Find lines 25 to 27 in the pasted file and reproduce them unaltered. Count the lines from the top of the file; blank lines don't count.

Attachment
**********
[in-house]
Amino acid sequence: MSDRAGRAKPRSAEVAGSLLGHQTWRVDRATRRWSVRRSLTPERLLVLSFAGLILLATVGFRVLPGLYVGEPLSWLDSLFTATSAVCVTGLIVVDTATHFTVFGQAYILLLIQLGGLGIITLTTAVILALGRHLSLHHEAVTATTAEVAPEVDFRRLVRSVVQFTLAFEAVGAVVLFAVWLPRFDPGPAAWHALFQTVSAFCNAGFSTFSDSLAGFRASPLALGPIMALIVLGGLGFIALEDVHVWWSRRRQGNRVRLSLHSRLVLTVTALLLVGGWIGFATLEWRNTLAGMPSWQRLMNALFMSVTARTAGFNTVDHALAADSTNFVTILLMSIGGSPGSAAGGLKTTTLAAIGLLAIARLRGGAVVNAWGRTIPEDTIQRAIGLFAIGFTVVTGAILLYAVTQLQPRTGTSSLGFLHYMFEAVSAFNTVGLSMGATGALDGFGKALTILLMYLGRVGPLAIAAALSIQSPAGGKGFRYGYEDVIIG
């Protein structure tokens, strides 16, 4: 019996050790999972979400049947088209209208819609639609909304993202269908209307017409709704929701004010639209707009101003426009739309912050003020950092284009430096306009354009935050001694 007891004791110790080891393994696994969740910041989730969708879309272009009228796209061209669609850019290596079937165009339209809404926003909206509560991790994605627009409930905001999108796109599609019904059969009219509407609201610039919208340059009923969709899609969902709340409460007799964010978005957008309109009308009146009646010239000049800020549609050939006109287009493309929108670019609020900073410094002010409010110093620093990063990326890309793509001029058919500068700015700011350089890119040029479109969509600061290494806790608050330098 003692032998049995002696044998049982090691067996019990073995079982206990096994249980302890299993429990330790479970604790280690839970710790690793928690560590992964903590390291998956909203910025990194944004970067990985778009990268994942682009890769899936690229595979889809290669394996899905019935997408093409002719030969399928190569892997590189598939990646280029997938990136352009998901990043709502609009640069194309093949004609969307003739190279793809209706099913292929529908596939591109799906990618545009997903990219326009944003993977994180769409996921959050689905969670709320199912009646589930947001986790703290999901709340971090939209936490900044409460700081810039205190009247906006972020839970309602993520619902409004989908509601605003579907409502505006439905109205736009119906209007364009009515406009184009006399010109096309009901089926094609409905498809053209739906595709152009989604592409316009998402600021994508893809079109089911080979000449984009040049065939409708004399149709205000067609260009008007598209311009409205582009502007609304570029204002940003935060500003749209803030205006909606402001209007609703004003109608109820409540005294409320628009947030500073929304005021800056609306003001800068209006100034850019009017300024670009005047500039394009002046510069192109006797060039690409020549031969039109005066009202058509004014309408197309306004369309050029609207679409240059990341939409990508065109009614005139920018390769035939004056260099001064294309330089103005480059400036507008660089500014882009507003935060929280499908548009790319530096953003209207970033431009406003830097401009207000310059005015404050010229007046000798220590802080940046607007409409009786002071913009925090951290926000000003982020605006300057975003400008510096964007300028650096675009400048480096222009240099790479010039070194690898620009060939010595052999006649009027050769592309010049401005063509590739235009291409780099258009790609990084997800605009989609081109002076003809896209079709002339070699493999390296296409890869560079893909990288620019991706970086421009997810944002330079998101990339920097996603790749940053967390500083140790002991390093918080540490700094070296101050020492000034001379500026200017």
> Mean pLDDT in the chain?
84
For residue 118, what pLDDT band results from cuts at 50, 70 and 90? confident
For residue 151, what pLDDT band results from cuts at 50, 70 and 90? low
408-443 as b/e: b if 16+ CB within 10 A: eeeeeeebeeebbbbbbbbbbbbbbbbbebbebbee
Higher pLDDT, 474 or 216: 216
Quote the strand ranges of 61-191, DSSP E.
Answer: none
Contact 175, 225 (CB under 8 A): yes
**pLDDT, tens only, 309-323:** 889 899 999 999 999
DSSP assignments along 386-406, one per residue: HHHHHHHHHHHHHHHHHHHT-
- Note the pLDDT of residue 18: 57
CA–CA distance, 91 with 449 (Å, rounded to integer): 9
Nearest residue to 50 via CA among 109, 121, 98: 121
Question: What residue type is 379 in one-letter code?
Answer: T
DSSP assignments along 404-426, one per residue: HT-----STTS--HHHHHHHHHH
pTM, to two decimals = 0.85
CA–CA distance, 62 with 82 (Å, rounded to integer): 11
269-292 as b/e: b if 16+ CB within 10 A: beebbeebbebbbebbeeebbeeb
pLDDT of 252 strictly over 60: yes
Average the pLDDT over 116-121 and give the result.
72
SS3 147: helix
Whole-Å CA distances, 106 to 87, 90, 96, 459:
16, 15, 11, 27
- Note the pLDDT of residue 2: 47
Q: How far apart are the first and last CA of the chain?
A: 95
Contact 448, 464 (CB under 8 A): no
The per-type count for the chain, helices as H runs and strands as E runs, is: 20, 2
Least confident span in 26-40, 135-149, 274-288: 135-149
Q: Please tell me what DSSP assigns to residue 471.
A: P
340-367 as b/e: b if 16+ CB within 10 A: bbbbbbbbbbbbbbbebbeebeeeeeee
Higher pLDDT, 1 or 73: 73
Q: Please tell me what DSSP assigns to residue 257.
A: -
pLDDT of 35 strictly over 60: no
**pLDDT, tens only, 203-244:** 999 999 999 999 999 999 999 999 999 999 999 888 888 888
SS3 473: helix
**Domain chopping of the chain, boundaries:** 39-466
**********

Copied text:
Average the pLDDT over 116-121 and give the result.
72
SS3 147: helix